U.S. Secretary of State Colin Powell, at the United Nations on Friday, refused to join widespread criticism of Pakistan President Pervez Musharraf’s pardon of nuclear scientist A.Q. Khan.
When asked to respond to charges that it seems as if the United States is sending the wrong signal to proliferators around the world with Khan as the biggest, Powell responded, saying: “The biggest is now gone. We don’t have to worry about proliferation from A.Q. Khan or his network.”
In fact, NBC News has learned, since 9/11, the United States has been working secretly with Pakistan to protect its nuclear weapons from getting in the hands of terrorists or rogue commanders, even as Khan was selling Pakistan’s nuclear secrets.
Last month, President hinted at the covert cooperation, “Yes, they are secure,... and that’s important.”
It’s called the U.S. Liaison Committee: American nuclear experts spending millions to safeguard Pakistan’s more than 40 nuclear weapons.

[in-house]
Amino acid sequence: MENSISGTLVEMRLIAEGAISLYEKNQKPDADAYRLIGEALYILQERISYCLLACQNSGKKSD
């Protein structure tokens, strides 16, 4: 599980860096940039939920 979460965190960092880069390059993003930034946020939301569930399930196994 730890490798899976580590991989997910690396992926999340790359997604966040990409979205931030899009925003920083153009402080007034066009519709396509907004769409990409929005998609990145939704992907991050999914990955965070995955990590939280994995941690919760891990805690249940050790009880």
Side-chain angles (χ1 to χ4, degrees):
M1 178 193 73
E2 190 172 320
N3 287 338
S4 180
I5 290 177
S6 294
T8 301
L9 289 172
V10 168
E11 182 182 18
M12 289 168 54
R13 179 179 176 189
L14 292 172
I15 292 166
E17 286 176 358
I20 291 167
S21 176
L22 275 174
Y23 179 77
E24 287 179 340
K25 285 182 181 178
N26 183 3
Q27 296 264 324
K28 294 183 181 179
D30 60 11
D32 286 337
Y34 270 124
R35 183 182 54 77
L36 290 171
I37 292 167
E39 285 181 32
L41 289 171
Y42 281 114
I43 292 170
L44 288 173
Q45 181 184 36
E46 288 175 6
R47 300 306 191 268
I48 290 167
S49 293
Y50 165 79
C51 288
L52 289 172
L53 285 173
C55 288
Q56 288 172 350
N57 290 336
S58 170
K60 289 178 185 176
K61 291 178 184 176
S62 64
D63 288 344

They meet at least every two months and are helping Pakistan develop state-of-the-art security — including secret authorization codes for the arsenal.
“The chances for leakage are very, very slim, and the chances for accidents are very, very slim,” according to former U.S. Ambassador to Pakistan Robert Oakley.
But there is a huge risk: Helping Pakistan get nuclear codes could make its leaders more willing to use them in a crisis.
“So, the assistance, if it’s not done very carefully, could end up actually increasing the risk of an accidental nuclear exchange,” said David Albright, former U.N. nuclear inspector.
Still, the United States feels President Musharraf, despite his flaws, is more reliable than the country’s Islamic radicals.
But Musharraf barely escaped two recent assassination attempts.
The big fear is that, even after protecting Pakistan’s weapons, its leader is so vulnerable that no one can be sure who will end up with those secret nuclear codes.